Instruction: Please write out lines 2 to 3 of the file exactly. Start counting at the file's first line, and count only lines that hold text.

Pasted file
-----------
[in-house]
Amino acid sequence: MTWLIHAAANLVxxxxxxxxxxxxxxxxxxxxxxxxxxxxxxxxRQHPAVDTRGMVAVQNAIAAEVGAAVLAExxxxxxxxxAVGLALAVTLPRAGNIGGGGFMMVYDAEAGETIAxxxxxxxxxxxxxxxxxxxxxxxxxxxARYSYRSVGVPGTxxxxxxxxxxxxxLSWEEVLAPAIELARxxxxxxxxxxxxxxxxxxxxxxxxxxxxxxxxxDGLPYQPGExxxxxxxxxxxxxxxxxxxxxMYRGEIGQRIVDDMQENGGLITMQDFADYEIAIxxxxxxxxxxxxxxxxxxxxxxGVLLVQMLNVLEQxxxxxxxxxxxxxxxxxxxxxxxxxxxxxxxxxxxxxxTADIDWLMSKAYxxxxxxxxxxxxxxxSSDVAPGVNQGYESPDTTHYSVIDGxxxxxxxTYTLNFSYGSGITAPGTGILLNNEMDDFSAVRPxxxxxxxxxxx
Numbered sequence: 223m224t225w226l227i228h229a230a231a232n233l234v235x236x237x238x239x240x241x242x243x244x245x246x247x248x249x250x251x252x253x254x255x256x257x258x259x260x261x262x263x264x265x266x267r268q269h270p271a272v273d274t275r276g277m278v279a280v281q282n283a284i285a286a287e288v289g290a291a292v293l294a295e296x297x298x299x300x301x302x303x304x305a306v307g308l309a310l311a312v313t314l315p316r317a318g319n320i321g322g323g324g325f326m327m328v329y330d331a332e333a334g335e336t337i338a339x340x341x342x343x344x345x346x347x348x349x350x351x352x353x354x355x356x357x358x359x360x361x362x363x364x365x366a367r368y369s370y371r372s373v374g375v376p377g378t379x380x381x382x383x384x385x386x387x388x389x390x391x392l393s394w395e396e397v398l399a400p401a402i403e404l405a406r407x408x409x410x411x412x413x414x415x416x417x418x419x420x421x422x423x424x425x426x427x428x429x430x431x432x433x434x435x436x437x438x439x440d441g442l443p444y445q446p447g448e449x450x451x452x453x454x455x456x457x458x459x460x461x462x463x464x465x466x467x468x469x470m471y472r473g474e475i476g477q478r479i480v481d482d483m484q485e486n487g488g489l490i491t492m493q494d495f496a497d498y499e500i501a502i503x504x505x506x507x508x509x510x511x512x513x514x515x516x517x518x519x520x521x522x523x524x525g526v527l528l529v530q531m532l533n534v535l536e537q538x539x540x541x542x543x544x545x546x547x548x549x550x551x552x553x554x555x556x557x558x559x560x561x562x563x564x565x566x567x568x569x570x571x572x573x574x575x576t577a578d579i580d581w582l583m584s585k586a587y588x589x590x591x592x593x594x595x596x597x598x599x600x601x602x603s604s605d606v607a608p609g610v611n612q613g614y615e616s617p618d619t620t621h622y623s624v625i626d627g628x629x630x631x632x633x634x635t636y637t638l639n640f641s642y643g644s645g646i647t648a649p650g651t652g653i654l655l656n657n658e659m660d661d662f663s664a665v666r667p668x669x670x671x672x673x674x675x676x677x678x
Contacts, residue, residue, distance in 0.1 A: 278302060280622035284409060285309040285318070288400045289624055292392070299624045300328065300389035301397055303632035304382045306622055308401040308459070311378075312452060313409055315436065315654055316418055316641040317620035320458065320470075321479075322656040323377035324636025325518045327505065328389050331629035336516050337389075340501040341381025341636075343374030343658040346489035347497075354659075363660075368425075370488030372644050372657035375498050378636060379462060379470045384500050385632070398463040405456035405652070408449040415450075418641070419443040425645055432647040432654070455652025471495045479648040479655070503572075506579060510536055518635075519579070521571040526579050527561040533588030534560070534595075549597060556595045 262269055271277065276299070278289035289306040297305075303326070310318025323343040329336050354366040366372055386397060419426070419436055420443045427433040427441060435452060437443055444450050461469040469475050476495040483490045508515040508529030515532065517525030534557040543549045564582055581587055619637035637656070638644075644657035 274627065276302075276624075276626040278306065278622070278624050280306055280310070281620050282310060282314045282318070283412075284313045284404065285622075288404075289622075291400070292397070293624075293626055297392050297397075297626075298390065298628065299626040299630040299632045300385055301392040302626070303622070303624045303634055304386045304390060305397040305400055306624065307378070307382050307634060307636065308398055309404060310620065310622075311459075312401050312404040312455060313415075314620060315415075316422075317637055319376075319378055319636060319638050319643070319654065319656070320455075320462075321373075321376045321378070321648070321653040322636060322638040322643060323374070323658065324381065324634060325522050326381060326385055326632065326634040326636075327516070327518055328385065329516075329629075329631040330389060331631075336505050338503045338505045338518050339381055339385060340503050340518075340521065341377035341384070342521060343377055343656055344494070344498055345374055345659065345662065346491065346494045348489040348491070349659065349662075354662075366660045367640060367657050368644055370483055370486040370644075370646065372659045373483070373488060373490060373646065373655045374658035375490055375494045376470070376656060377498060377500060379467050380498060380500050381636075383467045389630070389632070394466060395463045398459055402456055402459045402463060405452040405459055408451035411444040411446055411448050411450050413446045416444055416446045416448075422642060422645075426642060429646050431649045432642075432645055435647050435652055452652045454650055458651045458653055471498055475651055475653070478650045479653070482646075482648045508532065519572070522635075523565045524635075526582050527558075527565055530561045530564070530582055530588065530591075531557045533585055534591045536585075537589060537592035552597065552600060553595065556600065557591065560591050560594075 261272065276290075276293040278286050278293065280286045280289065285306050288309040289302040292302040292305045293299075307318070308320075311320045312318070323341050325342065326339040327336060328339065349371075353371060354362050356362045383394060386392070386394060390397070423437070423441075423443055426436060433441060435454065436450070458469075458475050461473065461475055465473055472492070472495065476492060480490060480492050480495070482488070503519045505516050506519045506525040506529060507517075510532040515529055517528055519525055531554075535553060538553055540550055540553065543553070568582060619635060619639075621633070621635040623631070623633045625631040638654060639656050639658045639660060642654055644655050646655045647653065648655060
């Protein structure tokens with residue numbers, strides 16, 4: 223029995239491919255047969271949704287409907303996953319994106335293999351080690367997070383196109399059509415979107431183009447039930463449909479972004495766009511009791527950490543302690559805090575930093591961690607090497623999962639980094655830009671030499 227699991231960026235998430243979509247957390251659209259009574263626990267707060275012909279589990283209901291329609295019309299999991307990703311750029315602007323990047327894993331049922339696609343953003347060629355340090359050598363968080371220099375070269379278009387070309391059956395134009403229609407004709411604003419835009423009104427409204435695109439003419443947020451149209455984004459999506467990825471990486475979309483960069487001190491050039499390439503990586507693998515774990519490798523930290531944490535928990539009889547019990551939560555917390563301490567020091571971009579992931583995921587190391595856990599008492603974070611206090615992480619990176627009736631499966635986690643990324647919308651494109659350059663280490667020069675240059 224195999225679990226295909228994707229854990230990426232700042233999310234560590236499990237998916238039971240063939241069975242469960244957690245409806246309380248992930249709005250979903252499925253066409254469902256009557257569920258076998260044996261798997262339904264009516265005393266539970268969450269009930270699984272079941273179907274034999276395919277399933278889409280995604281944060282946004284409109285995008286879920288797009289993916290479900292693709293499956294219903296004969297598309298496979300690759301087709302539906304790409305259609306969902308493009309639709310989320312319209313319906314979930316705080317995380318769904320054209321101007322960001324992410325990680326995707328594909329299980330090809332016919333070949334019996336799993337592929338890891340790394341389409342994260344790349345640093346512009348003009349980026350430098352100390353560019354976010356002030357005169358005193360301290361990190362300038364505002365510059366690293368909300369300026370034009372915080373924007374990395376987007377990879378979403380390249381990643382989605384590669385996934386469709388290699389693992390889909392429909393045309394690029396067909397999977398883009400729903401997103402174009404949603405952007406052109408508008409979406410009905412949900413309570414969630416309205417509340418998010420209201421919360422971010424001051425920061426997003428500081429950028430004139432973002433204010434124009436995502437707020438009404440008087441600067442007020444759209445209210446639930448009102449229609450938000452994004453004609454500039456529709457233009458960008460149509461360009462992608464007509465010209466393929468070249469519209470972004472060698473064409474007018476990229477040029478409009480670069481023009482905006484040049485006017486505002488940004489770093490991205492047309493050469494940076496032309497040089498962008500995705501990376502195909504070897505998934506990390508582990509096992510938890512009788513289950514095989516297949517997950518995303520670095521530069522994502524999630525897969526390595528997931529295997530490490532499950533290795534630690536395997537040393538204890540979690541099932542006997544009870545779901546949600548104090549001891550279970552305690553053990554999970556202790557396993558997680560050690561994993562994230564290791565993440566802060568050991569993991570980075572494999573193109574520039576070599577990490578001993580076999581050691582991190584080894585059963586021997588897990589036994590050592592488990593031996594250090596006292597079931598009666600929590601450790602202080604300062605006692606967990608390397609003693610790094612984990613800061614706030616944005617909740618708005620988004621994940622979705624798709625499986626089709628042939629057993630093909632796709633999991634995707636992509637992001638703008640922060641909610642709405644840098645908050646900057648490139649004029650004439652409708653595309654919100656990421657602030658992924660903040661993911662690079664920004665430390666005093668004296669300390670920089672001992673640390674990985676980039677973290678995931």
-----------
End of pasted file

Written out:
Amino acid sequence: MTWLIHAAANLVxxxxxxxxxxxxxxxxxxxxxxxxxxxxxxxxRQHPAVDTRGMVAVQNAIAAEVGAAVLAExxxxxxxxxAVGLALAVTLPRAGNIGGGGFMMVYDAEAGETIAxxxxxxxxxxxxxxxxxxxxxxxxxxxARYSYRSVGVPGTxxxxxxxxxxxxxLSWEEVLAPAIELARxxxxxxxxxxxxxxxxxxxxxxxxxxxxxxxxxDGLPYQPGExxxxxxxxxxxxxxxxxxxxxMYRGEIGQRIVDDMQENGGLITMQDFADYEIAIxxxxxxxxxxxxxxxxxxxxxxGVLLVQMLNVLEQxxxxxxxxxxxxxxxxxxxxxxxxxxxxxxxxxxxxxxTADIDWLMSKAYxxxxxxxxxxxxxxxSSDVAPGVNQGYESPDTTHYSVIDGxxxxxxxTYTLNFSYGSGITAPGTGILLNNEMDDFSAVRPxxxxxxxxxxx
Numbered sequence: 223m224t225w226l227i228h229a230a231a232n233l234v235x236x237x238x239x240x241x242x243x244x245x246x247x248x249x250x251x252x253x254x255x256x257x258x259x260x261x262x263x264x265x266x267r268q269h270p271a272v273d274t275r276g277m278v279a280v281q282n283a284i285a286a287e288v289g290a291a292v293l294a295e296x297x298x299x300x301x302x303x304x305a306v307g308l309a310l311a312v313t314l315p316r317a318g319n320i321g322g323g324g325f326m327m328v329y330d331a332e333a334g335e336t337i338a339x340x341x342x343x344x345x346x347x348x349x350x351x352x353x354x355x356x357x358x359x360x361x362x363x364x365x366a367r368y369s370y371r372s373v374g375v376p377g378t379x380x381x382x383x384x385x386x387x388x389x390x391x392l393s394w395e396e397v398l399a400p401a402i403e404l405a406r407x408x409x410x411x412x413x414x415x416x417x418x419x420x421x422x423x424x425x426x427x428x429x430x431x432x433x434x435x436x437x438x439x440d441g442l443p444y445q446p447g448e449x450x451x452x453x454x455x456x457x458x459x460x461x462x463x464x465x466x467x468x469x470m471y472r473g474e475i476g477q478r479i480v481d482d483m484q485e486n487g488g489l490i491t492m493q494d495f496a497d498y499e500i501a502i503x504x505x506x507x508x509x510x511x512x513x514x515x516x517x518x519x520x521x522x523x524x525g526v527l528l529v530q531m532l533n534v535l536e537q538x539x540x541x542x543x544x545x546x547x548x549x550x551x552x553x554x555x556x557x558x559x560x561x562x563x564x565x566x567x568x569x570x571x572x573x574x575x576t577a578d579i580d581w582l583m584s585k586a587y588x589x590x591x592x593x594x595x596x597x598x599x600x601x602x603s604s605d606v607a608p609g610v611n612q613g614y615e616s617p618d619t620t621h622y623s624v625i626d627g628x629x630x631x632x633x634x635t636y637t638l639n640f641s642y643g644s645g646i647t648a649p650g651t652g653i654l655l656n657n658e659m660d661d662f663s664a665v666r667p668x669x670x671x672x673x674x675x676x677x678x